Punta del Este, Qingdao and a Thames Rocket

We saw George a few times, the first time he seemed to be drinking a cup of tea or coffee, although someone said they had seen a bottle of red wine on board. Surely not, it’s meant to be a dry race (dry regarding alcohol, incredibly wet regarding water of course). The second time he had a plate of food and was scoffing away. Very relaxed.

We didn’t spend all our time watching the fleet, there were two Clipper commentators on board giving all sorts of interesting information about the race. They also interviewed the three Fs about the hats and “Grannie Sammy” (ME) got a mention. There was a bar but no food apart from one bag of Revels which the bar staff refused to sell, even when offered £10. Probably their supper. We saw some iconic sights in addition to Tower Bridge opening. See if you recognise these:

Cutty Sark, an original Tea Clipper
Millennium Dome

As I said, we were rushing from one side of the boat to the other to see things. At one stage a couple of our pals decided that John’s mum needed to be on the opposite side, moved her over and gave her a Clipper flag to wave out of the window. George saw her and blew her a kiss. He’s here just above the dragon’s eye.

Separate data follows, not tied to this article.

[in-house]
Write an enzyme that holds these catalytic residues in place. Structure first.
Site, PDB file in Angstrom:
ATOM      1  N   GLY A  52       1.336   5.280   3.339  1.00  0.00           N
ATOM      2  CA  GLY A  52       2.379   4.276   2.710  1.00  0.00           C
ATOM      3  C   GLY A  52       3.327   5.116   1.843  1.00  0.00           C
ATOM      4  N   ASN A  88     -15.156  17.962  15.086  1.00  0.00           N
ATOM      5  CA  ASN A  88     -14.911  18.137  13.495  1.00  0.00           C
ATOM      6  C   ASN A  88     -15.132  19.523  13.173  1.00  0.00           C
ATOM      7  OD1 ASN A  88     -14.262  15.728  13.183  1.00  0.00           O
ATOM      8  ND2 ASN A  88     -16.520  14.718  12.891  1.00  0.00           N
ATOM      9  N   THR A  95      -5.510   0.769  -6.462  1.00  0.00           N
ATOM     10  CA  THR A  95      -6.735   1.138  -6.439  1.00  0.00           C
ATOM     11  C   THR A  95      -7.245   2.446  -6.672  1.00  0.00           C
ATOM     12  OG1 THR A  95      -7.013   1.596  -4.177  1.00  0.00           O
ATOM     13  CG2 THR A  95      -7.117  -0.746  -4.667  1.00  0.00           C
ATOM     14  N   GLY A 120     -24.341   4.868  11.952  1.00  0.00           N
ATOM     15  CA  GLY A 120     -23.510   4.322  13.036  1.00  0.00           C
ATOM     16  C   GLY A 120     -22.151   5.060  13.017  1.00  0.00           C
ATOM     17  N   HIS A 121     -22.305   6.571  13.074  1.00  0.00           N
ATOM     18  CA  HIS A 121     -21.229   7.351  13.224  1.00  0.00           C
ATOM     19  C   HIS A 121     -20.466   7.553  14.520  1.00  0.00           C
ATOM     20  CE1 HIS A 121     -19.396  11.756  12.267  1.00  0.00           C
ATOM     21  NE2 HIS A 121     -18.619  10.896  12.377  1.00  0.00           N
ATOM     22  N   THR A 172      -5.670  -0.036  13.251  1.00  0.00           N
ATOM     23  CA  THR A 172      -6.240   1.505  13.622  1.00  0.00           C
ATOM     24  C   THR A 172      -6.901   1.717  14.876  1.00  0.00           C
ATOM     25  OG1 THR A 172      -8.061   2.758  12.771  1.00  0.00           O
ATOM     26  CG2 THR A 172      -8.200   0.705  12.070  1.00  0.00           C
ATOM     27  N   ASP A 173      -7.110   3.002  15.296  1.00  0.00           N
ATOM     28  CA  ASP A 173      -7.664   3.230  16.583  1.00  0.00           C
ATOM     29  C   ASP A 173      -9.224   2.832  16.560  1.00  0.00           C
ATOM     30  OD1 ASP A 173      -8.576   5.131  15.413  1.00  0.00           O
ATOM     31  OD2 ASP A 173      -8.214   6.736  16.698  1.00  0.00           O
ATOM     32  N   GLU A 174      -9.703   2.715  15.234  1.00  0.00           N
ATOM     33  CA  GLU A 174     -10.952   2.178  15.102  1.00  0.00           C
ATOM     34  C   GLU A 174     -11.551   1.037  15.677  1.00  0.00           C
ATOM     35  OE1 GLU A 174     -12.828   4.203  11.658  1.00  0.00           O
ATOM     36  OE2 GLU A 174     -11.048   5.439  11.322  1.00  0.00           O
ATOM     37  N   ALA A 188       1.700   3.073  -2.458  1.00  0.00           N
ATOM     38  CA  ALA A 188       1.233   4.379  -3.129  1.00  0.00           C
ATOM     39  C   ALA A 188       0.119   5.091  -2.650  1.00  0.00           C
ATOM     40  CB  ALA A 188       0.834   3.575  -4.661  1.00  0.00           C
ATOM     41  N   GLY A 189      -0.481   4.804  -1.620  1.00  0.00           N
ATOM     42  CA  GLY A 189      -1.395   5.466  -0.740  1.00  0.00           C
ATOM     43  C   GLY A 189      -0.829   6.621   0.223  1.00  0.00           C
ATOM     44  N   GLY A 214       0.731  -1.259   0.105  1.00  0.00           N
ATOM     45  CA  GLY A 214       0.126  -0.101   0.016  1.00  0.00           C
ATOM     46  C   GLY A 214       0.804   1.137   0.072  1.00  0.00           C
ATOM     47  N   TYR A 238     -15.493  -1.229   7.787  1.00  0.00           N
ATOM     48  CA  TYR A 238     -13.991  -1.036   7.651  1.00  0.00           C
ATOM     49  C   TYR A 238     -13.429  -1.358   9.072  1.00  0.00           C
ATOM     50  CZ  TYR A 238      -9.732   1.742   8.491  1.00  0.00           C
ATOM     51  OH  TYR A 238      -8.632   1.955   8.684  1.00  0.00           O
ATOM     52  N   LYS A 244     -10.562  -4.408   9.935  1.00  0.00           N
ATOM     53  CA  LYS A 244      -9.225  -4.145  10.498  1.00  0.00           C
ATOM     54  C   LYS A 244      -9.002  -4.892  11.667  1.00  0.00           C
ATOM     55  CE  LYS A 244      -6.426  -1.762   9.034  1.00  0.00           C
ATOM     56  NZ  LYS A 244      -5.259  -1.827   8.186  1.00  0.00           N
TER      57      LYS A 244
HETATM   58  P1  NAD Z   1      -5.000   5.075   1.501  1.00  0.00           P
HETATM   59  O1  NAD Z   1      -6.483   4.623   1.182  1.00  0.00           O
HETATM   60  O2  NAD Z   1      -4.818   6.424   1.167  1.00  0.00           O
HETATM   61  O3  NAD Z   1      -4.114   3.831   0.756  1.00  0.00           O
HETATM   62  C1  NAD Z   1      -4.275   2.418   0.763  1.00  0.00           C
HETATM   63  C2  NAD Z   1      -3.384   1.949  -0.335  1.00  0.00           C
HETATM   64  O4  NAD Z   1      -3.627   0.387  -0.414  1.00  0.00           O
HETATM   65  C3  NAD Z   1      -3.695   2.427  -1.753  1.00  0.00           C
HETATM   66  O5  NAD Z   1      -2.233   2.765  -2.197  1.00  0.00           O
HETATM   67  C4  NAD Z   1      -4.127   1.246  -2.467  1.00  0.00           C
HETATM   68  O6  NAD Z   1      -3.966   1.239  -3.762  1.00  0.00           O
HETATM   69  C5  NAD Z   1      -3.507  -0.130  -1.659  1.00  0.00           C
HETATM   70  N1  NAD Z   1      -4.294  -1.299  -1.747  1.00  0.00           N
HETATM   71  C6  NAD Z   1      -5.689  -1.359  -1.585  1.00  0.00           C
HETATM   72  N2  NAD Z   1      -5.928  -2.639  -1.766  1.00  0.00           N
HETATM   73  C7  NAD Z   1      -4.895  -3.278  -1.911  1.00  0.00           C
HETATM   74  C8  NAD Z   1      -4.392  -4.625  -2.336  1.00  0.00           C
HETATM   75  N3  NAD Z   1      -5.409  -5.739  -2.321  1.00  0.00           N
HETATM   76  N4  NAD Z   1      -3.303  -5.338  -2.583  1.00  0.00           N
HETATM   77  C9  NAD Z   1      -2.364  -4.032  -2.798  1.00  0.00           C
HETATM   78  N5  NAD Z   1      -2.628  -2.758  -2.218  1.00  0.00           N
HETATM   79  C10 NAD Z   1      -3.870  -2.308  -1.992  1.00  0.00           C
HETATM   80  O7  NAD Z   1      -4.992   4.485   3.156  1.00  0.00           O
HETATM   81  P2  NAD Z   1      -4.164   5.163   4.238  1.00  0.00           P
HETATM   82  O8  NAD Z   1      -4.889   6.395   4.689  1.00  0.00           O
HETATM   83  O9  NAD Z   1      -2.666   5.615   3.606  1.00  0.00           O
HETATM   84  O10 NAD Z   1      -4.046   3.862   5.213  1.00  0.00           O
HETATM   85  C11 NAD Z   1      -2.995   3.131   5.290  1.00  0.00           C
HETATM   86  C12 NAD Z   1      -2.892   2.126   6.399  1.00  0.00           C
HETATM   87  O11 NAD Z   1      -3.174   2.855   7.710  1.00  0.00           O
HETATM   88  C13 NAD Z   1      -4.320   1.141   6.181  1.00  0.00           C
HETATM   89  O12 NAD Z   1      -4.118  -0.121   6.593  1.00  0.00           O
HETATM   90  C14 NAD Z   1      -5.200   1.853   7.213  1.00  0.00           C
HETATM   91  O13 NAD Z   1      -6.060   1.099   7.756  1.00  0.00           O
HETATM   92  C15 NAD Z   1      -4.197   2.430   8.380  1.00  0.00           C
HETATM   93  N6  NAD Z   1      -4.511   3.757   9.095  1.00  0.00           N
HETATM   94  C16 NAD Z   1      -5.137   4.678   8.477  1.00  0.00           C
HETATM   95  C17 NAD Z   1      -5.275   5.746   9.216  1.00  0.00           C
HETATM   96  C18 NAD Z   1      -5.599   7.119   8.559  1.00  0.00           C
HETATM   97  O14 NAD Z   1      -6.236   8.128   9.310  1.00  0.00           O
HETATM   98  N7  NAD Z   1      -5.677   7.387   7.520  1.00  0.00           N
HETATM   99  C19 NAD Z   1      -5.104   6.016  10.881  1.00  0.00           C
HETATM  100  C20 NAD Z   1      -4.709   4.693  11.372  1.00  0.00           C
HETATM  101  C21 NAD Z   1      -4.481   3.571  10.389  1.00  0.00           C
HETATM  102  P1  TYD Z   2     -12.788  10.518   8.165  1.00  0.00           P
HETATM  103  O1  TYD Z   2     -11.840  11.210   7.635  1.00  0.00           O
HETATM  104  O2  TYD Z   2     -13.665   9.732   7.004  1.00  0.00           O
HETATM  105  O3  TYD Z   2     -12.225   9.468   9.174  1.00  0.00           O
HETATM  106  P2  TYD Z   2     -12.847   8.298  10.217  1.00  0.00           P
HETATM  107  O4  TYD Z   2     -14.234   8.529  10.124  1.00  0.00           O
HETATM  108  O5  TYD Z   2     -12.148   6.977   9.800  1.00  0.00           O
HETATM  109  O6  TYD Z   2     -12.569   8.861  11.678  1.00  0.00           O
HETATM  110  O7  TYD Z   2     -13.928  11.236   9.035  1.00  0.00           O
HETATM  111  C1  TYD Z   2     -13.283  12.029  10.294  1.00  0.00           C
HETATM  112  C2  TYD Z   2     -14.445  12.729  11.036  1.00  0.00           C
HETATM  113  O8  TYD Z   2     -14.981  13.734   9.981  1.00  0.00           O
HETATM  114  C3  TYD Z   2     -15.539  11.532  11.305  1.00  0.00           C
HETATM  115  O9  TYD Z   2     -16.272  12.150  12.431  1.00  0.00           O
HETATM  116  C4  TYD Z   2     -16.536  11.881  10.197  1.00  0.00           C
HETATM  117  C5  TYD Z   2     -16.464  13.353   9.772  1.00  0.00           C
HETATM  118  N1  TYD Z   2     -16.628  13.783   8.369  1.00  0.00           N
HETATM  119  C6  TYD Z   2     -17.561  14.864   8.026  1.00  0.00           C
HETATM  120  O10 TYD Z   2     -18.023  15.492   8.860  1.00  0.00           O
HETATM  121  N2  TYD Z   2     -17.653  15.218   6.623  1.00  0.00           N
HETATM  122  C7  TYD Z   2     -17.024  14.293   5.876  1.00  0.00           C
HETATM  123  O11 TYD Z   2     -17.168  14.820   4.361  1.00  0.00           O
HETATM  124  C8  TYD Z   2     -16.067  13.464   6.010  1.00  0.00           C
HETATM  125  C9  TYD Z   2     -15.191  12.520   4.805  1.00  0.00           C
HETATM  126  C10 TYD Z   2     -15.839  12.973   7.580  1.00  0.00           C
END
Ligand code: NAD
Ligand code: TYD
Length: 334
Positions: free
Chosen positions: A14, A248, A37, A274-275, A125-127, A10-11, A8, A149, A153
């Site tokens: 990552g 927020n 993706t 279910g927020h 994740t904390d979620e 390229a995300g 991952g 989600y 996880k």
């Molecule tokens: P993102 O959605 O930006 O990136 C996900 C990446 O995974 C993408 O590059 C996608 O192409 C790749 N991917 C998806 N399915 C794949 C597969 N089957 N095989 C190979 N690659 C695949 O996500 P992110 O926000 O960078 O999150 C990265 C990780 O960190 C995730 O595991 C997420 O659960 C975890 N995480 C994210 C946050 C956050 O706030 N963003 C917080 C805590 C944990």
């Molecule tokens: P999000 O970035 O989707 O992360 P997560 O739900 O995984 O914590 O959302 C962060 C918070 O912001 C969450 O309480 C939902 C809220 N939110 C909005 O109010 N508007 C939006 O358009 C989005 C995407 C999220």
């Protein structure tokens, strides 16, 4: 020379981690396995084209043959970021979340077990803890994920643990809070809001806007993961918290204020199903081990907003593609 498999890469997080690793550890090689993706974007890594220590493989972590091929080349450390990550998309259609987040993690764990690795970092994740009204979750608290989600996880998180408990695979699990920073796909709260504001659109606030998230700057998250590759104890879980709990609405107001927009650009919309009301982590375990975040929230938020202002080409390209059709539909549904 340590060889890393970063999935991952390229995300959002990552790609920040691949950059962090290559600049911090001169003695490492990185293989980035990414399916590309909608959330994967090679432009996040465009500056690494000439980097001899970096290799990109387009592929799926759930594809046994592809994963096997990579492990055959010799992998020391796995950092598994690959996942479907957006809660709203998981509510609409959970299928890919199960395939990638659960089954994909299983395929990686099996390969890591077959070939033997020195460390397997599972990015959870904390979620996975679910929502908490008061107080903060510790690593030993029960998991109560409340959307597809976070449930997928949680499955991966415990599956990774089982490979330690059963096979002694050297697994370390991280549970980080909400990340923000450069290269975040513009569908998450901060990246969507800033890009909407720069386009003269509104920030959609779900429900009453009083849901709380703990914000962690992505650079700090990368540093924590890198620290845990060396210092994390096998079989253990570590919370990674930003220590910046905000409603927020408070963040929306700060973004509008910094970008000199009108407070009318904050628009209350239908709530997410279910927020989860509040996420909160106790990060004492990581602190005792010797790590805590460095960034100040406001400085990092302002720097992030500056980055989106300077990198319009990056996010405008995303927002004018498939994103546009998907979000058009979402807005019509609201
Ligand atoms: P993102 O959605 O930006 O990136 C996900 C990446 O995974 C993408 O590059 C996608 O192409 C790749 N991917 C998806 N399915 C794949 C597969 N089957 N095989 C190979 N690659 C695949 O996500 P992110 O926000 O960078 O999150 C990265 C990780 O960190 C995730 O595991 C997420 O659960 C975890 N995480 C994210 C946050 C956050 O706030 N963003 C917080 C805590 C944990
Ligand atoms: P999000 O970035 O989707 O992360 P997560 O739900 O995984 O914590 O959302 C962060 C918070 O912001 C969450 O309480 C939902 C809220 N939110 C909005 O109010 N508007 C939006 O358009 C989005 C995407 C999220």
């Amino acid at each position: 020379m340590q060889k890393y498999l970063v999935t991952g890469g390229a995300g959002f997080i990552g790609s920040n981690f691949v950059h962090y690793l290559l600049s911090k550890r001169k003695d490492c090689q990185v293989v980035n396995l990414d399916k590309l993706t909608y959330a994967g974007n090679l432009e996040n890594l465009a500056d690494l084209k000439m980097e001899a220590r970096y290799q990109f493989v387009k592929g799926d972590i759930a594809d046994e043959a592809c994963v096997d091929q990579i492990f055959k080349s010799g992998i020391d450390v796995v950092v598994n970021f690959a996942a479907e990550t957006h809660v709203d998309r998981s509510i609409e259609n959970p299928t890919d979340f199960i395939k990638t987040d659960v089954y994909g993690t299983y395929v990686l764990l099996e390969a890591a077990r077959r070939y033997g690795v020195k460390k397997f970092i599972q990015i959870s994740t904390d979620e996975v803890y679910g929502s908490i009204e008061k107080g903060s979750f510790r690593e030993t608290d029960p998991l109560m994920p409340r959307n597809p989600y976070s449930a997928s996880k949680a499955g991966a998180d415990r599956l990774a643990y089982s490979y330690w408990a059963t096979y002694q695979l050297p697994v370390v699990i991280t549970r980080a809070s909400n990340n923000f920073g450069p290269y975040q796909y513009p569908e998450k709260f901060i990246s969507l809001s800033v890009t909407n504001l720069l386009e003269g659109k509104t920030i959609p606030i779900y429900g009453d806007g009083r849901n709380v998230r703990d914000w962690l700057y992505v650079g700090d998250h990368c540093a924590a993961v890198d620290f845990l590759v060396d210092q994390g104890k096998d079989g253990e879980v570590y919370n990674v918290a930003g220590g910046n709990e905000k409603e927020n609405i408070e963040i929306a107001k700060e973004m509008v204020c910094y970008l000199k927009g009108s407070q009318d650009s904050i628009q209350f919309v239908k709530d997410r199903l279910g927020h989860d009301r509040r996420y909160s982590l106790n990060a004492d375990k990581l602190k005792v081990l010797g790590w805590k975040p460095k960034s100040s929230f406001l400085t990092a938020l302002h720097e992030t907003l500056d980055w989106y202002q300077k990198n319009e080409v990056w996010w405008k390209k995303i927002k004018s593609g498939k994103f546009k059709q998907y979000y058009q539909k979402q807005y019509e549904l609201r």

Unicef sent their own tribute with their “dance”. There’s a GoPro video of “The Official Unicef Supporters Guide” which shows us how to do this as well as The Fist Bump. It has a certain John Dawson dancing, well, bouncing up and down. I’m not sure if I can share it. The crew at the back (stern) are attempting it here.

Finally after a few hours we had to start waving a final goodbye (for the time being). We got a great view of them in formation and then going through the Thames Barrier.

We had to turn round here and go back to SKD. Some smaller boats continued or joined them along the route to Southend. We were the last boat to get back to the pier and I had to get to Southend for the race start the next morning. Eventually a taxi turned up, for some reason I had a massive heavy bag for an overnight stay so didn’t fancy the Tube. I must be more disciplined next time. I went to Liverpool Street station and hopped on a train. With my Senior Railcard it cost less than £9 (one way, couldn’t work out how to get a return that would let me return when I wanted to). Final picture for this post, George checking out something technical at the helm with Donna in the background, taken by a team member. We’re hoping he’s not actually helming as he’s got his arm through the wheel.

Very soon, the delights of Southend and the start of Race 1 to Portimao.